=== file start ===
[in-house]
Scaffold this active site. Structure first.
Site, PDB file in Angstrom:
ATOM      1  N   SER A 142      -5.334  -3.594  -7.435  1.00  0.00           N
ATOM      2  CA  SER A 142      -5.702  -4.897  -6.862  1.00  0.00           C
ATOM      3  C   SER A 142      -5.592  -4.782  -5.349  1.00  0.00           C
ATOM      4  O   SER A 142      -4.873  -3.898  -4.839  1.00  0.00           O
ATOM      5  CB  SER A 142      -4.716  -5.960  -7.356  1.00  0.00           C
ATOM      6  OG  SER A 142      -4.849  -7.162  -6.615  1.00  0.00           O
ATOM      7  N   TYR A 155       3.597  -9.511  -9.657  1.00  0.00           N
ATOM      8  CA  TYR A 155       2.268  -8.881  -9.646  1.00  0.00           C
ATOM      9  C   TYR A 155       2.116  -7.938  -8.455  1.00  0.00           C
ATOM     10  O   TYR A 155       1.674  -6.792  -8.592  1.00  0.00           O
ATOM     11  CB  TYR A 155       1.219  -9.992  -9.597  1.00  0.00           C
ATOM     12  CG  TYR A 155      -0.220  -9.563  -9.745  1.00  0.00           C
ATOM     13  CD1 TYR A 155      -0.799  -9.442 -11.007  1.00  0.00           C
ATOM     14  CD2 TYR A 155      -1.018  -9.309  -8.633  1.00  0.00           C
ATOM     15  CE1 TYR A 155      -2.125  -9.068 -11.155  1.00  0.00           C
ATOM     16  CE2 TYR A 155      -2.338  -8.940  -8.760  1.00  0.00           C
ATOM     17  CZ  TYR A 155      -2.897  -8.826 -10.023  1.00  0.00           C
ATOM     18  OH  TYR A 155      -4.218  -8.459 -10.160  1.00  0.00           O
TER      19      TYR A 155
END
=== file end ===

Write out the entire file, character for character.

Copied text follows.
[in-house]
Scaffold this active site. Structure first.
Site, PDB file in Angstrom:
ATOM      1  N   SER A 142      -5.334  -3.594  -7.435  1.00  0.00           N
ATOM      2  CA  SER A 142      -5.702  -4.897  -6.862  1.00  0.00           C
ATOM      3  C   SER A 142      -5.592  -4.782  -5.349  1.00  0.00           C
ATOM      4  O   SER A 142      -4.873  -3.898  -4.839  1.00  0.00           O
ATOM      5  CB  SER A 142      -4.716  -5.960  -7.356  1.00  0.00           C
ATOM      6  OG  SER A 142      -4.849  -7.162  -6.615  1.00  0.00           O
ATOM      7  N   TYR A 155       3.597  -9.511  -9.657  1.00  0.00           N
ATOM      8  CA  TYR A 155       2.268  -8.881  -9.646  1.00  0.00           C
ATOM      9  C   TYR A 155       2.116  -7.938  -8.455  1.00  0.00           C
ATOM     10  O   TYR A 155       1.674  -6.792  -8.592  1.00  0.00           O
ATOM     11  CB  TYR A 155       1.219  -9.992  -9.597  1.00  0.00           C
ATOM     12  CG  TYR A 155      -0.220  -9.563  -9.745  1.00  0.00           C
ATOM     13  CD1 TYR A 155      -0.799  -9.442 -11.007  1.00  0.00           C
ATOM     14  CD2 TYR A 155      -1.018  -9.309  -8.633  1.00  0.00           C
ATOM     15  CE1 TYR A 155      -2.125  -9.068 -11.155  1.00  0.00           C
ATOM     16  CE2 TYR A 155      -2.338  -8.940  -8.760  1.00  0.00           C
ATOM     17  CZ  TYR A 155      -2.897  -8.826 -10.023  1.00  0.00           C
ATOM     18  OH  TYR A 155      -4.218  -8.459 -10.160  1.00  0.00           O
TER      19      TYR A 155
END